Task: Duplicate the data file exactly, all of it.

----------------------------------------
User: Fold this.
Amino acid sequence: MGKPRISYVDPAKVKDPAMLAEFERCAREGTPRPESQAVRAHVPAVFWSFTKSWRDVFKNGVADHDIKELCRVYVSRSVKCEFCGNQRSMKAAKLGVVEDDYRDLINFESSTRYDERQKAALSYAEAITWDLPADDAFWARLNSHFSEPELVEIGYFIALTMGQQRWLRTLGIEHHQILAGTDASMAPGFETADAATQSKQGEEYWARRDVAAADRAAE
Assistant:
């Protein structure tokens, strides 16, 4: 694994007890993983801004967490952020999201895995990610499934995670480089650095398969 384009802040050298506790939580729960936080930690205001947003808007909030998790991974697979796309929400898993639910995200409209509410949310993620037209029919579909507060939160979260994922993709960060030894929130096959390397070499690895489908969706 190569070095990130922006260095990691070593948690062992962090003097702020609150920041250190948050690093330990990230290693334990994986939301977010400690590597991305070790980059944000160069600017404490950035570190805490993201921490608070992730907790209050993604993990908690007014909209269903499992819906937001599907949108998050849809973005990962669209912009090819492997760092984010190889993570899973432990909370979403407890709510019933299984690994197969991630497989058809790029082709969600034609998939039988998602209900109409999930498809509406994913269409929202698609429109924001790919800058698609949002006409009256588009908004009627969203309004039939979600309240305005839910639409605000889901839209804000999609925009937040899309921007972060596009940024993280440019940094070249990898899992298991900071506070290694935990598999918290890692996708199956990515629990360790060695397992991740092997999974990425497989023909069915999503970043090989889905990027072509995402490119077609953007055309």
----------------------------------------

User: Fold this.
Amino acid sequence: MGKPRISYVDPAKVKDPAMLAEFERCAREGTPRPESQAVRAHVPAVFWSFTKSWRDVFKNGVADHDIKELCRVYVSRSVKCEFCGNQRSMKAAKLGVVEDDYRDLINFESSTRYDERQKAALSYAEAITWDLPADDAFWARLNSHFSEPELVEIGYFIALTMGQQRWLRTLGIEHHQILAGTDASMAPGFETADAATQSKQGEEYWARRDVAAADRAAE
Assistant:
């Protein structure tokens, strides 16, 4: 694994007890993983801004967490952020999201895995990610499934995670480089650095398969 384009802040050298506790939580729960936080930690205001947003808007909030998790991974697979796309929400898993639910995200409209509410949310993620037209029919579909507060939160979260994922993709960060030894929130096959390397070499690895489908969706 190569070095990130922006260095990691070593948690062992962090003097702020609150920041250190948050690093330990990230290693334990994986939301977010400690590597991305070790980059944000160069600017404490950035570190805490993201921490608070992730907790209050993604993990908690007014909209269903499992819906937001599907949108998050849809973005990962669209912009090819492997760092984010190889993570899973432990909370979403407890709510019933299984690994197969991630497989058809790029082709969600034609998939039988998602209900109409999930498809509406994913269409929202698609429109924001790919800058698609949002006409009256588009908004009627969203309004039939979600309240305005839910639409605000889901839209804000999609925009937040899309921007972060596009940024993280440019940094070249990898899992298991900071506070290694935990598999918290890692996708199956990515629990360790060695397992991740092997999974990425497989023909069915999503970043090989889905990027072509995402490119077609953007055309």